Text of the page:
The outdoor part of your cooling equipment should be free of mulch or weeds. You should also make sure that it is sitting flat, level and higher than the ground around it so water does not pool in the bottom when it rains. Don’t try to do this yourself, as it is very easy to damage the lines running to the A/C condenser.
On moderately warm days, sometimes a fan is all you need to keep you comfortable in the afternoon until things cool down. If you put the fan by a window, make sure you choose a window on the shady side of the house so you draw in cooler air.
Make sure the areas around the vents are clear so that nothing blocks your airflow—on both outlets and return air grilles. Drapes and furniture can effectively block air from coming into the room. Check that the dampers are open all the way and vacuum away any dust buildup.
Your clothes dryer is blowing air out of the house, causing air to be drawn into your house to offset it. If you are drawing in hot air, your air conditioner is just going to have to work harder.
For most humidifiers (typically the by-pass type), when they are set to the “on” or “winter” mode, moisture is added to your air every time the blower runs. In the summer you don’t want to be adding more humidity to your home; that will just make your air conditioning have to run longer. Make sure you set it to the “summer” or “off” setting before starting your A/C.
If you are able to turn the temperature up overnight or when no one is home you can really save some money on your electric bill. A programmable thermostat can be set to bring your home back to a comfortable temperature by the time you need it, and it takes the burden of switching it up and down off of you. I’m always surprised how many people have one of these thermostats but have never taken the time to set it up.
Closing the blinds or drapes on the sunny side of the house can go a long way toward blocking the sun’s warmth from heating up your home. This is especially true if you use insulated blinds.
Electric company believes in this so much that they offer a rebate to homeowners who have a professional tune up of their air conditioner. Not only does maintained equipment last longer, it can save you over 20% on your utility usage versus non maintained equipment.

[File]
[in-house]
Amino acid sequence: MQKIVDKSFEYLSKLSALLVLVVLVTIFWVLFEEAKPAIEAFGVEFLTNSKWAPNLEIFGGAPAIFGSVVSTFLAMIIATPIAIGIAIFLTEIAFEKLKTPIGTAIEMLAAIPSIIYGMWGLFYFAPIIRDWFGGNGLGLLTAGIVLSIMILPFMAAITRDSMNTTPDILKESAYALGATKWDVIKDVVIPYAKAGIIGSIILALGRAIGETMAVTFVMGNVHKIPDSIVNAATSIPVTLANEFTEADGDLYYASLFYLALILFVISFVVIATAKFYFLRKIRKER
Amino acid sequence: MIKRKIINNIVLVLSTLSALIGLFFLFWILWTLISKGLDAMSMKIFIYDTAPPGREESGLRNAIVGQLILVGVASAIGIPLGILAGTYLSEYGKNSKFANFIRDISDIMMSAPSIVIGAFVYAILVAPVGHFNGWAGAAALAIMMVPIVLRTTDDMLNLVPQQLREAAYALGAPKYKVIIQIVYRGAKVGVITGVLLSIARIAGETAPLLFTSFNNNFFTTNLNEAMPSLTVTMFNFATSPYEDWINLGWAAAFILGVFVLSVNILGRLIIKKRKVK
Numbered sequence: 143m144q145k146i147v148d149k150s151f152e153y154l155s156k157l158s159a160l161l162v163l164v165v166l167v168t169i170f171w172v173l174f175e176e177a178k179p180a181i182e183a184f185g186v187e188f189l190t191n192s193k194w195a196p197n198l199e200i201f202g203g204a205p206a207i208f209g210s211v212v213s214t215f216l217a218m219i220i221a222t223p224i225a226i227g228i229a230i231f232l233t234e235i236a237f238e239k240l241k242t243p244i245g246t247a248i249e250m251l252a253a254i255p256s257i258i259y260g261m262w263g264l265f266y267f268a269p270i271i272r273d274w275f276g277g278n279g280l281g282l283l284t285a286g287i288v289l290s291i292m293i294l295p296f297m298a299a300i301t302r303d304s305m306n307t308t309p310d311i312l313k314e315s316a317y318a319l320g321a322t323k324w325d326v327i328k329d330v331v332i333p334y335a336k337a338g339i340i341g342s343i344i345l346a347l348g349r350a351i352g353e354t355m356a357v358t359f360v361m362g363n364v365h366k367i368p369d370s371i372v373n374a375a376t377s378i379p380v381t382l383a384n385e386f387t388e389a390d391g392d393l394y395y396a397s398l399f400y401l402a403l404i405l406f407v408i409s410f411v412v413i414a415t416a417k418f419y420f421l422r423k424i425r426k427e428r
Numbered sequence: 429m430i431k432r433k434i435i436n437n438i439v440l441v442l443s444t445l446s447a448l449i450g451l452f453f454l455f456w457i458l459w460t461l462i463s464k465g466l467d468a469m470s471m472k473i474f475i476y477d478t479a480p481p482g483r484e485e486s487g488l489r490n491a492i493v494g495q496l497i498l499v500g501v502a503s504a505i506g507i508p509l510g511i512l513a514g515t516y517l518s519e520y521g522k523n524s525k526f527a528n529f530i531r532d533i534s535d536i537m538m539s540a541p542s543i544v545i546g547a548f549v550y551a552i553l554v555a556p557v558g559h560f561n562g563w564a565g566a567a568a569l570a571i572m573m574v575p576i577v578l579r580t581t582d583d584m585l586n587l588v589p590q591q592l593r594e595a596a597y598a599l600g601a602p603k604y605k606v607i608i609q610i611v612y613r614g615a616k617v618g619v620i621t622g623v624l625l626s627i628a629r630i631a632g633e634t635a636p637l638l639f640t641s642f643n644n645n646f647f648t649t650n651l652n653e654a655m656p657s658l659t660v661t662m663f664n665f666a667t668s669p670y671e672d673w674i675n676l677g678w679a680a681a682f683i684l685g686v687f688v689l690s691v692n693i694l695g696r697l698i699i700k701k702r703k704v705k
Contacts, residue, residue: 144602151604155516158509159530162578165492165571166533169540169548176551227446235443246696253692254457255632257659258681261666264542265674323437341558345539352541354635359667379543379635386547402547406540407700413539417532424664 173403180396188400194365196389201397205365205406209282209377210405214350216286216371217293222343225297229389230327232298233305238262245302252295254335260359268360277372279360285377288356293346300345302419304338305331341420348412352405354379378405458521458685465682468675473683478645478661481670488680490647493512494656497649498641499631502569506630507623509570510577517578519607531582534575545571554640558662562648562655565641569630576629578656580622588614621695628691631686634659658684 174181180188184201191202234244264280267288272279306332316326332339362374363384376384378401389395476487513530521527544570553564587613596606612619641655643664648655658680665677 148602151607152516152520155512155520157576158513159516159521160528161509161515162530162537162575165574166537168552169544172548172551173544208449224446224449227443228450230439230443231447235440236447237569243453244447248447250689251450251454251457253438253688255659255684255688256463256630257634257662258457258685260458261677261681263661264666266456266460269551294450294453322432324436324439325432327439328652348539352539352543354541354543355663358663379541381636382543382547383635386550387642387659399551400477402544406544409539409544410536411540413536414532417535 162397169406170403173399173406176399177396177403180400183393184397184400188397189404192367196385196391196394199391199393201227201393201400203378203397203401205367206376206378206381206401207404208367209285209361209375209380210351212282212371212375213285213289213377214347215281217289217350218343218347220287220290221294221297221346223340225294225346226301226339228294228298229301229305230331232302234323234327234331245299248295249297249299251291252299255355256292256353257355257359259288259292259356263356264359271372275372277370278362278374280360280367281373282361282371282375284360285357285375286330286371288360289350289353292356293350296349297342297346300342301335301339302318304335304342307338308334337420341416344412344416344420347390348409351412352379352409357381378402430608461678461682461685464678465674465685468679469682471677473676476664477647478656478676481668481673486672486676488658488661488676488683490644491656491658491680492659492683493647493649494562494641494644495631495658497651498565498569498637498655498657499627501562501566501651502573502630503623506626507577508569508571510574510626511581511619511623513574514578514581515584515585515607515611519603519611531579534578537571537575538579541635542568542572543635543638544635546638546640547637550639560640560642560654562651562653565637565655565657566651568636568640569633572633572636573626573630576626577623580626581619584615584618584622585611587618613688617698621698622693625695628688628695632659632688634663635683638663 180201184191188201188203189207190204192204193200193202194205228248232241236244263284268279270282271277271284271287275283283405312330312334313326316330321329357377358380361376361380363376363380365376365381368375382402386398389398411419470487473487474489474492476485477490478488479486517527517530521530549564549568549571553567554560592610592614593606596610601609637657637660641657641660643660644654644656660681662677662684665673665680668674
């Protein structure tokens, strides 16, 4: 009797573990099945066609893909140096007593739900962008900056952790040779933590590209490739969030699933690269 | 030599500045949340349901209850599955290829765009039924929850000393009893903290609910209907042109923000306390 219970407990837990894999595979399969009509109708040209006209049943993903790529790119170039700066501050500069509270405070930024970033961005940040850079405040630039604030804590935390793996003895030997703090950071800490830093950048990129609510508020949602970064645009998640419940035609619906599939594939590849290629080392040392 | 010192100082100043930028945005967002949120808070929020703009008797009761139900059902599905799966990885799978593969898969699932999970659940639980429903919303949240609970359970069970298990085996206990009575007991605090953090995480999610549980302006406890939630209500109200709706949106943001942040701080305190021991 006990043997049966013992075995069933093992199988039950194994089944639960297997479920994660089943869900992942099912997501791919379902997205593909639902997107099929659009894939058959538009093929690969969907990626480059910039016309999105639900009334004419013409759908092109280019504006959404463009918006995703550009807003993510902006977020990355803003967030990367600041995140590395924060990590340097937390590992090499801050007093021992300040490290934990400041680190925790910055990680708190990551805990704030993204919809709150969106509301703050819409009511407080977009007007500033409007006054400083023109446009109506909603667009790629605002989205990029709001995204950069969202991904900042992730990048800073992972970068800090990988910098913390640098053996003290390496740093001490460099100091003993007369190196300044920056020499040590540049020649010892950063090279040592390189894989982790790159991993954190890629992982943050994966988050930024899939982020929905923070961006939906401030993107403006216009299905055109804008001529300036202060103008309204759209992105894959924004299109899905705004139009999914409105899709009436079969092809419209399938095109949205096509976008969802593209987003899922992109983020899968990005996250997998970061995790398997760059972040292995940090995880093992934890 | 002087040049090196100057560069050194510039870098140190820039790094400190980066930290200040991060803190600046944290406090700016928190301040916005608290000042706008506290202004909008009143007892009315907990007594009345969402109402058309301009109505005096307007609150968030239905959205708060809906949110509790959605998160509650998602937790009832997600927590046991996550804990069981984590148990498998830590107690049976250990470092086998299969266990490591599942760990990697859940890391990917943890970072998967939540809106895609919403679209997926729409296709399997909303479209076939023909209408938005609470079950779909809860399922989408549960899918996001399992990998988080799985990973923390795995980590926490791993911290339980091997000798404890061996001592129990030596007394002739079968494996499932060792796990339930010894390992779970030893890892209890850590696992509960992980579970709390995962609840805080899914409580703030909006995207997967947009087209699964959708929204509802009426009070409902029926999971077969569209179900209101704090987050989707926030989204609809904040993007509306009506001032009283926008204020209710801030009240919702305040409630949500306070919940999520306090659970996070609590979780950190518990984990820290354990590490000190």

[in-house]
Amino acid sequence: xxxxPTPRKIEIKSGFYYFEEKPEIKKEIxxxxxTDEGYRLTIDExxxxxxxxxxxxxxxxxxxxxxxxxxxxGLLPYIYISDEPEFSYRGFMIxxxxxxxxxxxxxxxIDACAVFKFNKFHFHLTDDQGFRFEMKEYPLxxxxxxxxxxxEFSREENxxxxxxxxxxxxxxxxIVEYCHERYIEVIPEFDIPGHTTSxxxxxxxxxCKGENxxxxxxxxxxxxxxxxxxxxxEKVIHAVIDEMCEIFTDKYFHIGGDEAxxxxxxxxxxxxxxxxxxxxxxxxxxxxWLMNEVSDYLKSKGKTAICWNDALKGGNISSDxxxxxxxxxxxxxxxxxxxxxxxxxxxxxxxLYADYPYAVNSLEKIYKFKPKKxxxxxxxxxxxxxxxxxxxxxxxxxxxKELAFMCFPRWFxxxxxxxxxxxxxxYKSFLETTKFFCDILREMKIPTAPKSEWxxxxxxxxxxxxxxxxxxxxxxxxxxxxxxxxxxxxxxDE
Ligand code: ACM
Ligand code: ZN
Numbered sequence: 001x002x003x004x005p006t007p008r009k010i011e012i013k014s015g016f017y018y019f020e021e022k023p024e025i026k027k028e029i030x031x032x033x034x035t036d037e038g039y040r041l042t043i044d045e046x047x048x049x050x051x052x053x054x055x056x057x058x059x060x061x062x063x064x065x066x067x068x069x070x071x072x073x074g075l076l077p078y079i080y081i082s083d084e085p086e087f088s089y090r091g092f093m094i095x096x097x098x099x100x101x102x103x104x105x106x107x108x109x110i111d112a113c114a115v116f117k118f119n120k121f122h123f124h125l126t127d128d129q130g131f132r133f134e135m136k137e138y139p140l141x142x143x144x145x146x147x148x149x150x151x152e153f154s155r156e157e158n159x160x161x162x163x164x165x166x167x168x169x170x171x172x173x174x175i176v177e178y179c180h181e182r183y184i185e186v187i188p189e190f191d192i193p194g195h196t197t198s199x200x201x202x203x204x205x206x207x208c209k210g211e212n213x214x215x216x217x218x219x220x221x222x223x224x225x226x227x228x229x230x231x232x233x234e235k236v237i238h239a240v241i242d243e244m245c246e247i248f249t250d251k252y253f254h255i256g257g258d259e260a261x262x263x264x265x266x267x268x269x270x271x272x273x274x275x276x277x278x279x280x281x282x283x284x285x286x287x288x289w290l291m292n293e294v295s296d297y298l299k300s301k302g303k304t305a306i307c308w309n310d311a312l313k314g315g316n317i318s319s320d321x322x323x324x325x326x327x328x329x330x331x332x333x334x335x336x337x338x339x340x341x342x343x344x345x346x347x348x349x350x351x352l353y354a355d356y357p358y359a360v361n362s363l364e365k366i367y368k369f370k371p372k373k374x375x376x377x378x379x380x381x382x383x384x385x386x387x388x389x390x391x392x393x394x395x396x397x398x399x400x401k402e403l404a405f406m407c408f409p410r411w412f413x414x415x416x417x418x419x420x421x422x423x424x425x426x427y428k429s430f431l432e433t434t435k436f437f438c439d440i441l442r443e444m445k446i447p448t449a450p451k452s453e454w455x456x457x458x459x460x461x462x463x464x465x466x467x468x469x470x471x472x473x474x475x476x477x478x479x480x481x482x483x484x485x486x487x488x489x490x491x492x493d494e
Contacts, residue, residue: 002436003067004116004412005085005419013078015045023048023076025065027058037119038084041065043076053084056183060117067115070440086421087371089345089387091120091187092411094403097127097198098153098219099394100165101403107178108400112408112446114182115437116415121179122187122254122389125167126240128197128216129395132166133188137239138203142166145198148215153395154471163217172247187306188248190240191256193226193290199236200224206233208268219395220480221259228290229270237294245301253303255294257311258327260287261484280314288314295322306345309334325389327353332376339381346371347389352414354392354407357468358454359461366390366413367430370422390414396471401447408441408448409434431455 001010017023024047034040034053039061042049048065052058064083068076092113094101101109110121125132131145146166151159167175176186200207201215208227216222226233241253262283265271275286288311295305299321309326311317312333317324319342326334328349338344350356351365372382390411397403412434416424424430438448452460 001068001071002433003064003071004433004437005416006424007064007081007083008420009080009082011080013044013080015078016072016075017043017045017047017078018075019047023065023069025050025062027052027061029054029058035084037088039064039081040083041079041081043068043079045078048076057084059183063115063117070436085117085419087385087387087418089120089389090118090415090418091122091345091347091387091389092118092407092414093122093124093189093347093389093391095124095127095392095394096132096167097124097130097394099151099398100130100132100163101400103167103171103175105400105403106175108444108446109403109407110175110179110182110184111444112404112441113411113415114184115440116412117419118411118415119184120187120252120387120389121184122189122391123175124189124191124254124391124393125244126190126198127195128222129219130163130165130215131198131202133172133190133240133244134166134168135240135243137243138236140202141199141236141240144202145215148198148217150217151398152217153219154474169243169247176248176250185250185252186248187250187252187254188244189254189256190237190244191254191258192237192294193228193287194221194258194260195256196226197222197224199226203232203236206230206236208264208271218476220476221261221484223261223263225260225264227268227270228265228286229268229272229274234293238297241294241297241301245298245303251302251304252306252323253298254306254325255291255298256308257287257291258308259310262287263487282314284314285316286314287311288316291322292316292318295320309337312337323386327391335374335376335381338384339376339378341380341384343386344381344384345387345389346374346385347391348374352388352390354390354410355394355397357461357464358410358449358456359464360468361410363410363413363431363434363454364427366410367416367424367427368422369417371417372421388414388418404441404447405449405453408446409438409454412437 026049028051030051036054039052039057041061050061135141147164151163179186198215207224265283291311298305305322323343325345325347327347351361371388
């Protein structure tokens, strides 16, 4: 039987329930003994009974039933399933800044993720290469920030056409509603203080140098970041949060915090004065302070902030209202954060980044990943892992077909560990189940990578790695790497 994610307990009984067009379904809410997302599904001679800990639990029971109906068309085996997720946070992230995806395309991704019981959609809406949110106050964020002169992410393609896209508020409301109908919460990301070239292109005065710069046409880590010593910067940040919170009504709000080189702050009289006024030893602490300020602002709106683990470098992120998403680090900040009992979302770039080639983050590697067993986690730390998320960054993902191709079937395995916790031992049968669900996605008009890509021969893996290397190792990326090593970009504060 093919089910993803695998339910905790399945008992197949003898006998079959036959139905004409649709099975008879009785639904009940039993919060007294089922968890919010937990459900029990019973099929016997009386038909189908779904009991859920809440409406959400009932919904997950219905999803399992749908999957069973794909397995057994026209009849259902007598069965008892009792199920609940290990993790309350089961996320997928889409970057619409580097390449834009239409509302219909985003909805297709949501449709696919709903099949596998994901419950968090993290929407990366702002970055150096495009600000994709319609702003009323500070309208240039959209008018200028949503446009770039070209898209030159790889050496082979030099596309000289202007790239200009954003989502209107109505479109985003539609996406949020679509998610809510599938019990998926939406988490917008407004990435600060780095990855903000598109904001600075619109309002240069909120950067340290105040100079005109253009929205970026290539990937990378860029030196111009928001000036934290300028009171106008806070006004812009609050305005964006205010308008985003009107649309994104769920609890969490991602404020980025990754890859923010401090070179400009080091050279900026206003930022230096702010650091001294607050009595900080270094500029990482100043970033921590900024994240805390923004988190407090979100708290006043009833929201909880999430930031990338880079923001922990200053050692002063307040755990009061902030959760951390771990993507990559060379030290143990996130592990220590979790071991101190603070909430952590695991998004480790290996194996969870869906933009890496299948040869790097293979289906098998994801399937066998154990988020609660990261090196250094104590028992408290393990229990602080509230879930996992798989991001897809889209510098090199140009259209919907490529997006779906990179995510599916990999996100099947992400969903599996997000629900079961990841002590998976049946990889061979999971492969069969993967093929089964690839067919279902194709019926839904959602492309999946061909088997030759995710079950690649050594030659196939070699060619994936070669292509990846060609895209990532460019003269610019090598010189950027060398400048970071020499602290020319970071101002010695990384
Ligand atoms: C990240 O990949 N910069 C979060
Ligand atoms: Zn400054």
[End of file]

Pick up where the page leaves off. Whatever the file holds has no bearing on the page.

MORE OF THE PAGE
They may not add much heat to your home, but little things can add up over time. Plus, they won’t be using electricity either! Remember to keep lights and televisions off when not in use.
If dirt builds up on the indoor coil, it cannot cool your air the way it’s supposed to. If you know that the filter you have been using is not a good quality one, you might need to have your coil cleaned. A service technician can let you know if your coil is dirty during your preventive maintenance visit.
THIS IS A KEY ONE! The technician will check this during your precision tune up, but checking the filter once per summer may not be enough. Dry, dusty conditions, pets or summer pollen can really clog up a filter.
You don’t want your nice, cool air to slip right outside. What a waste! If you’re not sure where your home is leaking, contact a professional to do a Home Performance Assessment.
Your A/C unit removes moisture from your home in the summer. If you flush 1 cup of chlorine bleach down your air conditioning drain and rinse it through with a gallon of water you can help keep your drain clear through the summer. Or consider adding an “E-Z Trap” to your system. This clear tubing allows you to see any potential blockages before water backs up into your system and provides easy access to clean the trap. Another option is a safety switch that will shut your air conditioning down in the event of water backup into the system. This can save a nasty surprise if the drain becomes blocked and overflows!